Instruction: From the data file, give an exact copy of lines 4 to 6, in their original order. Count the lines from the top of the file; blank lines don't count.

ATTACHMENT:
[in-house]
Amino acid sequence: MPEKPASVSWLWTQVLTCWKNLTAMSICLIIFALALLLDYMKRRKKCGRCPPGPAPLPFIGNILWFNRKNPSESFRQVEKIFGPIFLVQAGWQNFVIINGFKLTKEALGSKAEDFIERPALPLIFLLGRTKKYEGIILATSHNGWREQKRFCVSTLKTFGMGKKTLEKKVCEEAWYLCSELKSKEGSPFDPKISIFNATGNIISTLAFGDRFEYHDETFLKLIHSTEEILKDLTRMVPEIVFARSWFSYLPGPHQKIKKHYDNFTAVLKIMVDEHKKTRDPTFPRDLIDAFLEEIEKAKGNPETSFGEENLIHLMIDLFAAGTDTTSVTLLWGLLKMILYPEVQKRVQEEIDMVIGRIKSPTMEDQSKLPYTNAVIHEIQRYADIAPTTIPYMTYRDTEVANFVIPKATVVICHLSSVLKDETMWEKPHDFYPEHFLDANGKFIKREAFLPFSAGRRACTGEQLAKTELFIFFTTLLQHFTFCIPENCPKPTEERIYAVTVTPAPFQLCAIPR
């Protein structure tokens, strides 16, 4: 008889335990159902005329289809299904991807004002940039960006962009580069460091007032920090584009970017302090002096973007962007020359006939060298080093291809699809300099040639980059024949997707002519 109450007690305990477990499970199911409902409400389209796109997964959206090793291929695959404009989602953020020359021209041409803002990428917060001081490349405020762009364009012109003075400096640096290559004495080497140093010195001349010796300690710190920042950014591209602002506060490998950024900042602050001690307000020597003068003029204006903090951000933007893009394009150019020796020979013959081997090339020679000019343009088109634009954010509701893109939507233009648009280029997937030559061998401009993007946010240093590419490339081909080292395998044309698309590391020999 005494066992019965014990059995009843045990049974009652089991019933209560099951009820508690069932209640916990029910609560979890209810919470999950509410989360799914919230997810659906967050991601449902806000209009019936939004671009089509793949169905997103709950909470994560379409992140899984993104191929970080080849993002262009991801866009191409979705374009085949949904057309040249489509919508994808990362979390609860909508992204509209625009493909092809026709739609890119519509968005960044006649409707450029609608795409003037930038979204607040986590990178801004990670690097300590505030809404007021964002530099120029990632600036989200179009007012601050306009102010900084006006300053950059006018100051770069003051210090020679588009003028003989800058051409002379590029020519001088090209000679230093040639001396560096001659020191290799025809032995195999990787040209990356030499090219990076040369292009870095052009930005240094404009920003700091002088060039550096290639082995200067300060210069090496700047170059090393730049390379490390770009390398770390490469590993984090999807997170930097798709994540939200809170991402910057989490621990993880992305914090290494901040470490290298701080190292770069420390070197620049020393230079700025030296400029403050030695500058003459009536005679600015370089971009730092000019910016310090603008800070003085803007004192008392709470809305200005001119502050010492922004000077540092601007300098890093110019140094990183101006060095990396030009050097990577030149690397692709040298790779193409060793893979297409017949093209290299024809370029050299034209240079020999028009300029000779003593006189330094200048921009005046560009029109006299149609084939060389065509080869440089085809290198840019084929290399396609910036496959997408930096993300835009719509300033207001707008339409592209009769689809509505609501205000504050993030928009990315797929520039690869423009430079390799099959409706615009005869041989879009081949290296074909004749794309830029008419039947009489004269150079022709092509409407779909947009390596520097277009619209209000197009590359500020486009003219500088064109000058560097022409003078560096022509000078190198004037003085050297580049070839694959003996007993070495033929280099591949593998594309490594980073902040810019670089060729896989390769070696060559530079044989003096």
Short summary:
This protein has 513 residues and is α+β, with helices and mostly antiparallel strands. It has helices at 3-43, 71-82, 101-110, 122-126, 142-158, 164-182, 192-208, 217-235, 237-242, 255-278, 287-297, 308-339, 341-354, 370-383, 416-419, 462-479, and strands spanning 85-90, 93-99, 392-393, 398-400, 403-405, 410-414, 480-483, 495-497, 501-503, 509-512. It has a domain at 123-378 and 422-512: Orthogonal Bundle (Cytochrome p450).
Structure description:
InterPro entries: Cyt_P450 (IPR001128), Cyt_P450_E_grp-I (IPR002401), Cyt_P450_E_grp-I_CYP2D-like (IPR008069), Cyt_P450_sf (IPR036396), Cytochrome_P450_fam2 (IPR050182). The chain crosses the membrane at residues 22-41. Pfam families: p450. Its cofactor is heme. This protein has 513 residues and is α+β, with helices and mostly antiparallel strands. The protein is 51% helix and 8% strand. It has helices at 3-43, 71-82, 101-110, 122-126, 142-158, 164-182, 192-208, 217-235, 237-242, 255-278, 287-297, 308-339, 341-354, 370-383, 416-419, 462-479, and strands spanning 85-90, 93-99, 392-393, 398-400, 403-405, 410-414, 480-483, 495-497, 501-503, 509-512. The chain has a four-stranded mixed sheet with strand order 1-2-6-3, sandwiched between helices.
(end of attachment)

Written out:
Short summary:
This protein has 513 residues and is α+β, with helices and mostly antiparallel strands. It has helices at 3-43, 71-82, 101-110, 122-126, 142-158, 164-182, 192-208, 217-235, 237-242, 255-278, 287-297, 308-339, 341-354, 370-383, 416-419, 462-479, and strands spanning 85-90, 93-99, 392-393, 398-400, 403-405, 410-414, 480-483, 495-497, 501-503, 509-512. It has a domain at 123-378 and 422-512: Orthogonal Bundle (Cytochrome p450).
Structure description: